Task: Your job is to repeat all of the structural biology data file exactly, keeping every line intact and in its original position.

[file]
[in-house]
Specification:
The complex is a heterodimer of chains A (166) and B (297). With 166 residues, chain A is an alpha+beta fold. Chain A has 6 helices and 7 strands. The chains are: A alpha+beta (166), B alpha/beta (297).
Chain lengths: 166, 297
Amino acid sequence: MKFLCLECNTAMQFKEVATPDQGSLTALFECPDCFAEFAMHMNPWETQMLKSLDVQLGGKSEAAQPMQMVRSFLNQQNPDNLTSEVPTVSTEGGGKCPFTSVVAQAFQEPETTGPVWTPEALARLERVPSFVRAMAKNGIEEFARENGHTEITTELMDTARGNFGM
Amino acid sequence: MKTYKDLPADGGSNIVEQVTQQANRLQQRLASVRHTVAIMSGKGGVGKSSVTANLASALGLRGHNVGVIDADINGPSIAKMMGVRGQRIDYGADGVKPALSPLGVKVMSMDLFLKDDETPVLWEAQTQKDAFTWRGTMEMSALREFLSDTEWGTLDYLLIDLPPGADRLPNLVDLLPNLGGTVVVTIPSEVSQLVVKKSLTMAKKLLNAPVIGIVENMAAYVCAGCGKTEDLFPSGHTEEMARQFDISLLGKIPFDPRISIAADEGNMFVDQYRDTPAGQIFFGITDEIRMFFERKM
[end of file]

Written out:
[in-house]
Specification:
The complex is a heterodimer of chains A (166) and B (297). With 166 residues, chain A is an alpha+beta fold. Chain A has 6 helices and 7 strands. The chains are: A alpha+beta (166), B alpha/beta (297).
Chain lengths: 166, 297
Amino acid sequence: MKFLCLECNTAMQFKEVATPDQGSLTALFECPDCFAEFAMHMNPWETQMLKSLDVQLGGKSEAAQPMQMVRSFLNQQNPDNLTSEVPTVSTEGGGKCPFTSVVAQAFQEPETTGPVWTPEALARLERVPSFVRAMAKNGIEEFARENGHTEITTELMDTARGNFGM
Amino acid sequence: MKTYKDLPADGGSNIVEQVTQQANRLQQRLASVRHTVAIMSGKGGVGKSSVTANLASALGLRGHNVGVIDADINGPSIAKMMGVRGQRIDYGADGVKPALSPLGVKVMSMDLFLKDDETPVLWEAQTQKDAFTWRGTMEMSALREFLSDTEWGTLDYLLIDLPPGADRLPNLVDLLPNLGGTVVVTIPSEVSQLVVKKSLTMAKKLLNAPVIGIVENMAAYVCAGCGKTEDLFPSGHTEEMARQFDISLLGKIPFDPRISIAADEGNMFVDQYRDTPAGQIFFGITDEIRMFFERKM